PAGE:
TLDR: How user fees can improve the environmental and financial sustainability of municipal water and wastewater services - Canada's Ecofiscal Commission

TLDR: How user fees can improve the environmental and financial sustainability of municipal water and wastewater services

water user fees
Water

It’s easy to forget how important municipal water and wastewater services are in our daily lives. These complex systems treat and deliver water for millions of Canadian households and businesses—vital to our health, the economy, and the environment. Yet municipal water systems across Canada face significant challenges. The Ecofiscal Commission’s latest report, Only the Pipes Should be Hidden: Best practices for pricing and improving municipal water and wastewater services, assesses how well-designed user fees can help address these challenges by encouraging conservation, funding infrastructure, and protecting our water quality.

Why water, why now?

When it comes to the economics of municipal water and wastewater—and how we pay for the infrastructure that provides these services—Canadian municipalities have made considerable progress. Increasingly, Canadian municipalities are relying on user fees to finance their systems. User fees (i.e., paid water rates through monthly or quarterly bills) creates a price signal that helps drive conservation and provides revenue to ensure that water and wastewater systems are kept in good shape.

Despite this steady progress, however, Canadian municipal water systems face significant challenges. The prices Canadians pay for water and wastewater services are some of the lowest in the world and don’t reflect the full costs of providing and maintaining these services. And these costs are increasing. Many municipalities have aging infrastructure that requires significant investments in the coming decades.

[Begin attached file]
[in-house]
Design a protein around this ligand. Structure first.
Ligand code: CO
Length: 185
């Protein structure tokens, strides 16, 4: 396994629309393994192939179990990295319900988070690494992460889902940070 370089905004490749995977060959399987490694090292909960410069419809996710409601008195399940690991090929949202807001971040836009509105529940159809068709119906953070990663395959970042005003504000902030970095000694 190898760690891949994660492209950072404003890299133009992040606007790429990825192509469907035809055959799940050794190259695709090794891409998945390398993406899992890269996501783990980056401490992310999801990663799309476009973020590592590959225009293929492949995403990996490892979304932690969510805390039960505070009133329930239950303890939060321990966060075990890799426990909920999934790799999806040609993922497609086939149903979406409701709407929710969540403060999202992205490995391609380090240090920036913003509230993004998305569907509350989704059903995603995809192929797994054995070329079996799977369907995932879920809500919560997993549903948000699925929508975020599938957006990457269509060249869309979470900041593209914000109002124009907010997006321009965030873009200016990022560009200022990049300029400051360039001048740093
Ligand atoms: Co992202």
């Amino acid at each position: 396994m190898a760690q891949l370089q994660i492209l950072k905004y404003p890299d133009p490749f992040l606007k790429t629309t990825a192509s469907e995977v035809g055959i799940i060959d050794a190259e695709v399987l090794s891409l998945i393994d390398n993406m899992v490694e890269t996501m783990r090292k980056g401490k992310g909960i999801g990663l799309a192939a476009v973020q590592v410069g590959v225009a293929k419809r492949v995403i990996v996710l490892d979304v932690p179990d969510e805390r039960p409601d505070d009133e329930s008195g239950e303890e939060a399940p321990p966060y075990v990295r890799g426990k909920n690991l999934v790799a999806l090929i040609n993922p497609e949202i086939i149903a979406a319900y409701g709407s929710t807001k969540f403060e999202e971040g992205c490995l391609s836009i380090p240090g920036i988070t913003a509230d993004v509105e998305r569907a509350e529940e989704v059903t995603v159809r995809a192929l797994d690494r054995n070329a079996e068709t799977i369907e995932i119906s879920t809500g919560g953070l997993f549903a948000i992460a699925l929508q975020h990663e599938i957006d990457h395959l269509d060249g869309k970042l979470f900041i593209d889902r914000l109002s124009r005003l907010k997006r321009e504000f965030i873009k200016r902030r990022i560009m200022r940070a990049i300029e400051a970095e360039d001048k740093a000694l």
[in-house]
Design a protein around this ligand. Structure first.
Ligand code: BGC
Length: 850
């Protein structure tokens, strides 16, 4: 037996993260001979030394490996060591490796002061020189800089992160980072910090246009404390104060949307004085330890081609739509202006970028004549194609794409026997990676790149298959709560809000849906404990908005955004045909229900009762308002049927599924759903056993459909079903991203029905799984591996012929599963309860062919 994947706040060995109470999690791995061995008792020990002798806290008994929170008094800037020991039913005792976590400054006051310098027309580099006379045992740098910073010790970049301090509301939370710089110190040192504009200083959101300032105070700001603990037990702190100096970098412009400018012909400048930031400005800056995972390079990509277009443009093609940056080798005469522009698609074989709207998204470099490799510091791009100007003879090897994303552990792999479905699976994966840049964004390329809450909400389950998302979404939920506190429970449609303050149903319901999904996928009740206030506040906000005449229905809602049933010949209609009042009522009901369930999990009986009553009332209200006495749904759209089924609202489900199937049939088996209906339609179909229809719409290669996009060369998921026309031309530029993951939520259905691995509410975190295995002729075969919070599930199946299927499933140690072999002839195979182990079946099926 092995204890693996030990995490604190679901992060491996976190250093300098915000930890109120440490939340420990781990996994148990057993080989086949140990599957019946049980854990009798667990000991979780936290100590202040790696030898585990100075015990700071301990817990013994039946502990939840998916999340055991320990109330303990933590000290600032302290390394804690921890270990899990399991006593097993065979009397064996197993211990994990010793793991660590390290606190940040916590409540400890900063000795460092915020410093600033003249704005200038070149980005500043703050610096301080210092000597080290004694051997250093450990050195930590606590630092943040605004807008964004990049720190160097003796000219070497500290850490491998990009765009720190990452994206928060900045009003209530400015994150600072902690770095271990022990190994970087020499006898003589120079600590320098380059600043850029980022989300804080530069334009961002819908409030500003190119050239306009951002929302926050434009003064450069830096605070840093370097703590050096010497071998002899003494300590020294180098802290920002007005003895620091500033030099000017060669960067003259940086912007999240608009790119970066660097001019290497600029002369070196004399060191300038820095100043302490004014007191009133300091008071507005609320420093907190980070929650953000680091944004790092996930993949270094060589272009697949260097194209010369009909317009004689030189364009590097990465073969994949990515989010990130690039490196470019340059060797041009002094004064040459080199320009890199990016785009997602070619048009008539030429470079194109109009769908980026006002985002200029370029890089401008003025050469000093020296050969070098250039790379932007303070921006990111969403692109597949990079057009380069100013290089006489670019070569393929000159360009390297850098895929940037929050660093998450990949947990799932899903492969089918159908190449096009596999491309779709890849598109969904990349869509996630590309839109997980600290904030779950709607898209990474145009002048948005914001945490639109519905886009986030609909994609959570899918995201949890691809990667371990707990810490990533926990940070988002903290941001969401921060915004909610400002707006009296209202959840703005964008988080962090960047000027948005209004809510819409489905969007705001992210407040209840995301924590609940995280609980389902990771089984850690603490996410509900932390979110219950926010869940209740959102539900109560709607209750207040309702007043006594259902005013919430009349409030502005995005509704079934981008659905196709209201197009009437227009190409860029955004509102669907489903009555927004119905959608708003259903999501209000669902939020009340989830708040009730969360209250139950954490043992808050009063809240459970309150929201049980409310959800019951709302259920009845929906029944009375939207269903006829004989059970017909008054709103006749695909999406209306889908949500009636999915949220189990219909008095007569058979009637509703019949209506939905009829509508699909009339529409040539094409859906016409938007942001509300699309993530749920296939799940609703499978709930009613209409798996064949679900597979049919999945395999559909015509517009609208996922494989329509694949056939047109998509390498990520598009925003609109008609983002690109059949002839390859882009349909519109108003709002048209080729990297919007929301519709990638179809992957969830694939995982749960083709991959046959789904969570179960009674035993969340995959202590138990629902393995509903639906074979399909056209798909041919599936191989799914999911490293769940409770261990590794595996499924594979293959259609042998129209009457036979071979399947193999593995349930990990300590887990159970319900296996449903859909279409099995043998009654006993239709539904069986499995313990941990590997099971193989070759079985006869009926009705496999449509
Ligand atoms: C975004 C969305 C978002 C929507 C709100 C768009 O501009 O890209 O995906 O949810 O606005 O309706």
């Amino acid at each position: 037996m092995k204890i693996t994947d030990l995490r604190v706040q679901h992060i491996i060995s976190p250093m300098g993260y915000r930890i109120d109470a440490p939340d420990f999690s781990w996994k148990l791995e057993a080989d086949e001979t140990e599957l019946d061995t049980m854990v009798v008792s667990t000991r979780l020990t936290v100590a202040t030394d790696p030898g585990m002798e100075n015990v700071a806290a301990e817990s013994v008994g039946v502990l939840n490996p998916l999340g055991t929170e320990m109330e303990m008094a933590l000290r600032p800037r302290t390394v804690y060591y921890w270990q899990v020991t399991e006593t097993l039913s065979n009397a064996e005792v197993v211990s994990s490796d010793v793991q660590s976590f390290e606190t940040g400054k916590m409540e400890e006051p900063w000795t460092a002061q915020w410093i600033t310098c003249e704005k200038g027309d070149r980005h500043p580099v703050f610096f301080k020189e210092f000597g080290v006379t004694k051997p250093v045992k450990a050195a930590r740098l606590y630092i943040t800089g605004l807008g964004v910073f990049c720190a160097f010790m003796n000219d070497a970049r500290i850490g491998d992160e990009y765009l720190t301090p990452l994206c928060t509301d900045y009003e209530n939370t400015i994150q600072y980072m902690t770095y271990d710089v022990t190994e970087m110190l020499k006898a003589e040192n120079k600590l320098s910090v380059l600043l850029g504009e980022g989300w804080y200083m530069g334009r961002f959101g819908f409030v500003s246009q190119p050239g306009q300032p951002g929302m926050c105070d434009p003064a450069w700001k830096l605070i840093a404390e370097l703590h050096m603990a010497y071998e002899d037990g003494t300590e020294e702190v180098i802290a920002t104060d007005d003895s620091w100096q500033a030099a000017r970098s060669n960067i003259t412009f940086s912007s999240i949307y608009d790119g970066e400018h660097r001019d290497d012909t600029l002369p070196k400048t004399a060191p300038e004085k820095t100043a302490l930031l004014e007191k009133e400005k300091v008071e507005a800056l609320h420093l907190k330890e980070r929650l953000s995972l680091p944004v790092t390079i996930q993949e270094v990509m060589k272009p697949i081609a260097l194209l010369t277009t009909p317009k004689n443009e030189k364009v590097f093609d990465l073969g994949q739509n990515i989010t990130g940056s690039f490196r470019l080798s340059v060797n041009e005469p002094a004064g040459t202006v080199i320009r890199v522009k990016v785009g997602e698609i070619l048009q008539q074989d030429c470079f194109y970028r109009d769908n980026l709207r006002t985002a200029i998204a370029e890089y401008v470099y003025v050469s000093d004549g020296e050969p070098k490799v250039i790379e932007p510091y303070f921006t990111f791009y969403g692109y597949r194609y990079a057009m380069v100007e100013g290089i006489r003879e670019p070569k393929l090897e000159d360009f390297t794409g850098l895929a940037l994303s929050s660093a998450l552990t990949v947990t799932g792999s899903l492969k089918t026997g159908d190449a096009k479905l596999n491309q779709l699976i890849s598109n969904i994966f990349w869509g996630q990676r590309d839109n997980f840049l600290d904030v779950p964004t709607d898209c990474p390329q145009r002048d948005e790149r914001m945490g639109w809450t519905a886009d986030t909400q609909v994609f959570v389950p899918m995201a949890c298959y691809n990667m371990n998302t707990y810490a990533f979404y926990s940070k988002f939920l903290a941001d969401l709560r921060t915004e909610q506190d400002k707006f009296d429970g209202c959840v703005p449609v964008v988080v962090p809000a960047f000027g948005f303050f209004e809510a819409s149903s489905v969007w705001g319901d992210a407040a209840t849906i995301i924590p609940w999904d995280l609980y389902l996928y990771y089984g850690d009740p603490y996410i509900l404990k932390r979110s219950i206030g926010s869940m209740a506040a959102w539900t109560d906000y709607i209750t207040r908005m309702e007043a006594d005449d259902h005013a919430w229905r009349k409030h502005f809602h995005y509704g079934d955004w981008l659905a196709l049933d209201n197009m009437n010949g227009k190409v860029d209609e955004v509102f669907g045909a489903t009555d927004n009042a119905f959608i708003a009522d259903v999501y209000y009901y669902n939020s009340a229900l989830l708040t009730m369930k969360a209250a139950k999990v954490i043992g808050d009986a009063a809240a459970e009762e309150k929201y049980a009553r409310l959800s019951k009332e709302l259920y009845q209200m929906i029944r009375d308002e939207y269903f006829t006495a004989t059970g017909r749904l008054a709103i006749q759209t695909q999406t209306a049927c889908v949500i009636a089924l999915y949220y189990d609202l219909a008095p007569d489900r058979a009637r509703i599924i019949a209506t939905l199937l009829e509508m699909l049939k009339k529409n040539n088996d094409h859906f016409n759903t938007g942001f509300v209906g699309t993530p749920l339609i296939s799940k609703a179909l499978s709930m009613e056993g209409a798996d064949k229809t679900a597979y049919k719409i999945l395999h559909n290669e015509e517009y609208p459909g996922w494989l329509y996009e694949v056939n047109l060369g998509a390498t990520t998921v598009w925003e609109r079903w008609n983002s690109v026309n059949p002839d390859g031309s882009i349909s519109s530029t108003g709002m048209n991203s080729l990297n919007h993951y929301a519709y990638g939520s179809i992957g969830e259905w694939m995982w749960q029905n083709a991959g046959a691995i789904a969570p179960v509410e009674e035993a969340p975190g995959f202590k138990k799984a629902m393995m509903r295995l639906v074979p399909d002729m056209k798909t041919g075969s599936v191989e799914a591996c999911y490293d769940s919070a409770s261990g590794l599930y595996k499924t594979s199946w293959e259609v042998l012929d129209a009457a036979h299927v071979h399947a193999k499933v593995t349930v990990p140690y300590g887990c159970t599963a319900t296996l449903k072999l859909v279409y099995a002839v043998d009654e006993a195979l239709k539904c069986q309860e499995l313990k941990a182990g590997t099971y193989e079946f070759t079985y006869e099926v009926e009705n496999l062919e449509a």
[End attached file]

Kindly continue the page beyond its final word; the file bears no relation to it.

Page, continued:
At the same time, some of the natural ecosystems on which municipal water systems depend are stressed. Canadians are heavy water users by international standards. Population growth, urbanization, and low water levels during summer months pose risks to the sustainability of water supplies, intensified by the impacts from climate change. Moreover, the waste and chemicals that go down our drains can degrade natural ecosystems, despite best efforts by municipalities to use more sophisticated treatment technologies. When undertreated, this wastewater affects the quality of our lakes, rivers, and oceans.

Well-designed user fees can help

Well-designed user fees sit at the nexus of resolving these complex and interconnected challenges. They can both generate revenue and act as an important price signal. While user fees alone are not a silver bullet for all water-related problems, they play a key role.

Unlike other financial or environmental policies, user fees establish a direct link between the costs of the service and the price paid by households and businesses using the water. Those who use less water, pay less; those who use more, pay more. This sends a clear pricing signal to conserve and helps reduce the long-term costs of building and maintaining the system.

User fees are also more flexible than other financial instruments. They can be designed in different ways, allowing municipalities to tailor rates according to their local context. The revenues from user fees must also—by law—go back into paying for the service. This ring-fences revenues for water utilities, which provides stable funding and helps with long-term planning.